Regular oil changes with a good-quality oil. It's the additives that help suspend the junk and move it to the filter. If the problem persists, you might try a different brand of oil. Experts will tell you there's two different kinds and it depends on where it comes from out of the ground. Pennzoil is one that has a wax in it that isn't found in most other oils, and I've had very bad luck with it many years ago. Other people love it.
Probably more important is to stick with one brand. There are additives for detergents, seal conditioners, corrosion inhibitors, friction modifiers, and viscosity index improvers. Many of those additives are not compatible with the additives found in a different brand of oil. During an oil change when up to five quarts of old oil is drained out, there can be as much as two quarts stuck in the passages that doesn't drain out. Typically those additives wear out in about 3,000 miles, but they're still in there. One rubber seal conditioner may be rendered ineffective by the additive in a different brand of oil.
The problems I've seen most often involve new leaks, and it always appears to be not the brand of oil but that the person SWITCHED brands of oil. In a few cases where leaks developed, they mostly cleared up when the person went back to the oil they were using. There's no reason to think detergents wouldn't act the same way.
Excessive blowby causes a lot of sludge too. You don't have nearly enough miles yet to think about that, but also consider how much short-trip driving you do. I have almost 420,000 on my daily driver engine and there's no sludge at all in it. I won't tell you when the last time was that I changed the oil, but I count it in decades now, not years! (I'm not recommending you abuse your engine this way. It just goes to show what some engines are capable of). I live in a rural area and every trip is between 10 and 40 miles. If you drive a lot of short distances, get out on the highway once a week for 20 or 30 miles to get the engine really warmed up. That will melt the sludge buildup so it can get carried to the filter.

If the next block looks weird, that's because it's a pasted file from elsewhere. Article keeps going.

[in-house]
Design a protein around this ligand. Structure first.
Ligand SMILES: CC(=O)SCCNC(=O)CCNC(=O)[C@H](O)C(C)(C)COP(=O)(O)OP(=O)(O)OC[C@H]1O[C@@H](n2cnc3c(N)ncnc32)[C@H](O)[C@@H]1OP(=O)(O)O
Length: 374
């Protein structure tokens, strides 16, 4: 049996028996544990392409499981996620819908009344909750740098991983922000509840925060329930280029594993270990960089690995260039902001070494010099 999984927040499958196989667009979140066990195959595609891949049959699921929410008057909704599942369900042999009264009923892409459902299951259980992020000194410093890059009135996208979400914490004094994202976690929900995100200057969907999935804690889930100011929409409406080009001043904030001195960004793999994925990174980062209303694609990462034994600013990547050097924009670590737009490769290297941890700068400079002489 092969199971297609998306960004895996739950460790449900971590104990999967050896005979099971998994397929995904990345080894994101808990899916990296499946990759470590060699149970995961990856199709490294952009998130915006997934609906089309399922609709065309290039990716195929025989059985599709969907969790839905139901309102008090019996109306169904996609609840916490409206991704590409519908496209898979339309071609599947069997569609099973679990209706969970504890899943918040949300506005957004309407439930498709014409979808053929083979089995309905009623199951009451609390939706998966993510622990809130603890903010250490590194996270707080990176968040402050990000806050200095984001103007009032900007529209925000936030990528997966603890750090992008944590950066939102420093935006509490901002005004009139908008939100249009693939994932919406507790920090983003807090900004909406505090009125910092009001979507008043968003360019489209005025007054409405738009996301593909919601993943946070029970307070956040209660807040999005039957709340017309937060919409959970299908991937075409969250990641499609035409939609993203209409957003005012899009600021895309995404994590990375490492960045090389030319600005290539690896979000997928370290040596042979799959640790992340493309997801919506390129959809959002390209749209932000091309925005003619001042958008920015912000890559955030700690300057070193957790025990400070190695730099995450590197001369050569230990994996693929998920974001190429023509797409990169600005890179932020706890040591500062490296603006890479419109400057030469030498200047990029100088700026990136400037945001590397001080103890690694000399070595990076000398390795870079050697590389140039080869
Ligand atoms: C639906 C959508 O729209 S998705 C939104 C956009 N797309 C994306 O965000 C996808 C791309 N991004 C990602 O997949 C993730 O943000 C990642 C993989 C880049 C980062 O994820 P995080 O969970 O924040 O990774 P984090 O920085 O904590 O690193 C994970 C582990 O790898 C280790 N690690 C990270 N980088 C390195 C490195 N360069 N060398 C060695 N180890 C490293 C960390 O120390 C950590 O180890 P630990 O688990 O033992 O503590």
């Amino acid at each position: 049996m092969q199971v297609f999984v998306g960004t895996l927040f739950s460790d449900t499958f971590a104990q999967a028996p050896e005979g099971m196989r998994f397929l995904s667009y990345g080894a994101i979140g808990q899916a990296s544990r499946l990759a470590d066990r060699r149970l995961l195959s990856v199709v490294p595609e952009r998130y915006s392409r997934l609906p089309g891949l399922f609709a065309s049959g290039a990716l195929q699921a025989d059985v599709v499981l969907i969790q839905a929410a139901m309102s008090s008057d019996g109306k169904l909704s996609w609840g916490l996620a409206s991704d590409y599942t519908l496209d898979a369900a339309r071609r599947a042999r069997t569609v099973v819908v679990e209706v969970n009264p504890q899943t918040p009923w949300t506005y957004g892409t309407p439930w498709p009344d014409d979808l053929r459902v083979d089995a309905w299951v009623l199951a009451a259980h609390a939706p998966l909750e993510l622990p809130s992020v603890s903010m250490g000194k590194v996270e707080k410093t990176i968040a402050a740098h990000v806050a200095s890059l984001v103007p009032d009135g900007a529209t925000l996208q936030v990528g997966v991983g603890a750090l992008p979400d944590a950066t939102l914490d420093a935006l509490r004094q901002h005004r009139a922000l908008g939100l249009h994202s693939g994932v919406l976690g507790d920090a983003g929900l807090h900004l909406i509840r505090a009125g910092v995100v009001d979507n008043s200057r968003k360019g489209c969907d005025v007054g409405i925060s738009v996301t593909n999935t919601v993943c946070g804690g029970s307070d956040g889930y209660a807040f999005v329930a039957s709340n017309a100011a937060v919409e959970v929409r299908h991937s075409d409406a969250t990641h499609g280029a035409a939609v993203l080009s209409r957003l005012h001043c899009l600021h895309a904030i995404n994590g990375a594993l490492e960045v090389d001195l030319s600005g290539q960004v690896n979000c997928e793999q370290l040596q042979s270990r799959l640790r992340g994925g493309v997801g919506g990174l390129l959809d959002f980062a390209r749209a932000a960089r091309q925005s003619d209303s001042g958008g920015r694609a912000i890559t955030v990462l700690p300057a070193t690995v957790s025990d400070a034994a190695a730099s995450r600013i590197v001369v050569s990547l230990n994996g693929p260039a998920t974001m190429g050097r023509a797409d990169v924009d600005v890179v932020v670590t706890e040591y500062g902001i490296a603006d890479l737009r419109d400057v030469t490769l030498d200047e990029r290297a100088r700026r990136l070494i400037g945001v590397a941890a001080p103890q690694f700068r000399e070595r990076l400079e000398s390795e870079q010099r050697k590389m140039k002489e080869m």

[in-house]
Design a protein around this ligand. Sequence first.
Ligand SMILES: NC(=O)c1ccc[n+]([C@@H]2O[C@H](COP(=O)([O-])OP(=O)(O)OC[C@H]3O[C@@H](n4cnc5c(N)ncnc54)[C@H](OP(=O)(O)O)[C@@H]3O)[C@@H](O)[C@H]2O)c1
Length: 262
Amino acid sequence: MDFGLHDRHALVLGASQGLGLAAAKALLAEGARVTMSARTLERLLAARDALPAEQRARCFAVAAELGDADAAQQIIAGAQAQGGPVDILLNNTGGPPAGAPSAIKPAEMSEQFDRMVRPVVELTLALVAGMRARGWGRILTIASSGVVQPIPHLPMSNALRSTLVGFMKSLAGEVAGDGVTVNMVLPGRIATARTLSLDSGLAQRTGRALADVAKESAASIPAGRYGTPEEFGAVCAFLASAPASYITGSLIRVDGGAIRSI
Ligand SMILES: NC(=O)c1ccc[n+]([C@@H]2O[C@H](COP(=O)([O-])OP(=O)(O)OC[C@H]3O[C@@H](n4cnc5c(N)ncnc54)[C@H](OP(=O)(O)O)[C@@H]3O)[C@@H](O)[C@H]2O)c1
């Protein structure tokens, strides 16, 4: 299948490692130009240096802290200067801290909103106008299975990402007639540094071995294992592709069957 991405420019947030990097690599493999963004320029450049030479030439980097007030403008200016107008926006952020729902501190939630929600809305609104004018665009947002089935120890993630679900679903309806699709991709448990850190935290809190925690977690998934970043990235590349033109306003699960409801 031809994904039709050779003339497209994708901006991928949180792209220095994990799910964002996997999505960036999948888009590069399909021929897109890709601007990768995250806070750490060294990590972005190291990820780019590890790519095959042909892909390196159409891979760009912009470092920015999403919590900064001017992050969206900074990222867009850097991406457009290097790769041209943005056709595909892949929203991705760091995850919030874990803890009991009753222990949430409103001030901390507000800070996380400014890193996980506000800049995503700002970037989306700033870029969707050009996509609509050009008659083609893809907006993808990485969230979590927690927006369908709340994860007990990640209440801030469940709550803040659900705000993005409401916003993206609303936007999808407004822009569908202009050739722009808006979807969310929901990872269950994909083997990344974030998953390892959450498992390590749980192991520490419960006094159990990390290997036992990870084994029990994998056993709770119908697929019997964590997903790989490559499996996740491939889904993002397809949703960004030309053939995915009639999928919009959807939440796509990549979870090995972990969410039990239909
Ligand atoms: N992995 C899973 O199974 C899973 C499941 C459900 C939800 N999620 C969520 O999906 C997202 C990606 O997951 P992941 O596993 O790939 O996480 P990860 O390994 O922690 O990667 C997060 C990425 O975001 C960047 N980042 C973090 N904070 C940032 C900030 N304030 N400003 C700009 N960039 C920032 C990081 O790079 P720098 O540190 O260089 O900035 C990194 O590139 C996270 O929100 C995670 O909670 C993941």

I'm not a believer in other additives for your oil unless you're trying to solve a specific problem while avoiding the proper repair. Even the cheapest oil has all the additives to get the job done. Every few years the car manufacturers specify an improved oil, and the oil companies do a good job of meeting those requirements. You really can't find outdated oil unless someone stockpiled a bunch years ago. Your owner's manual will specify an "S" rating if you have a gas engine, ("S" is for "spark ignition"). Years ago the best was "SF". The next improvement of significance got a rating of "SG". If your car called for "SF" when it was new, you can use anything that came after that, like "SG", "SH", etc, but you're not supposed to use "SE". If "SJ" is the current standard today, you won't even find any older designations on the store shelves.
If you have a diesel engine, the same container of oil will have a "C" rating for "compression ignition". I don't even know what the current rating is because only the latest one will be available in stores. This is where most of the improvements were made. Oil for diesel engines has to stand up to high-speed turbochargers without getting thrown off the bearings, much higher temperatures without breaking down, and it has a real lot more soot to keep in suspension so it gets carried to the filter.
One problem that occurs on some gas engines is high heat caused by the oil filter sandwiched right next to a hot exhaust manifold or turbocharger. Toyota had a big problem about 15 years ago with "oil coking" from the filter sitting right next to the exhaust manifold. We don't hear about that anymore but you might want to look at your engine. If it looks like heat could be a problem, consider changing the oil more frequently.
Friday, September 19th, 2014 AT 2:21 AM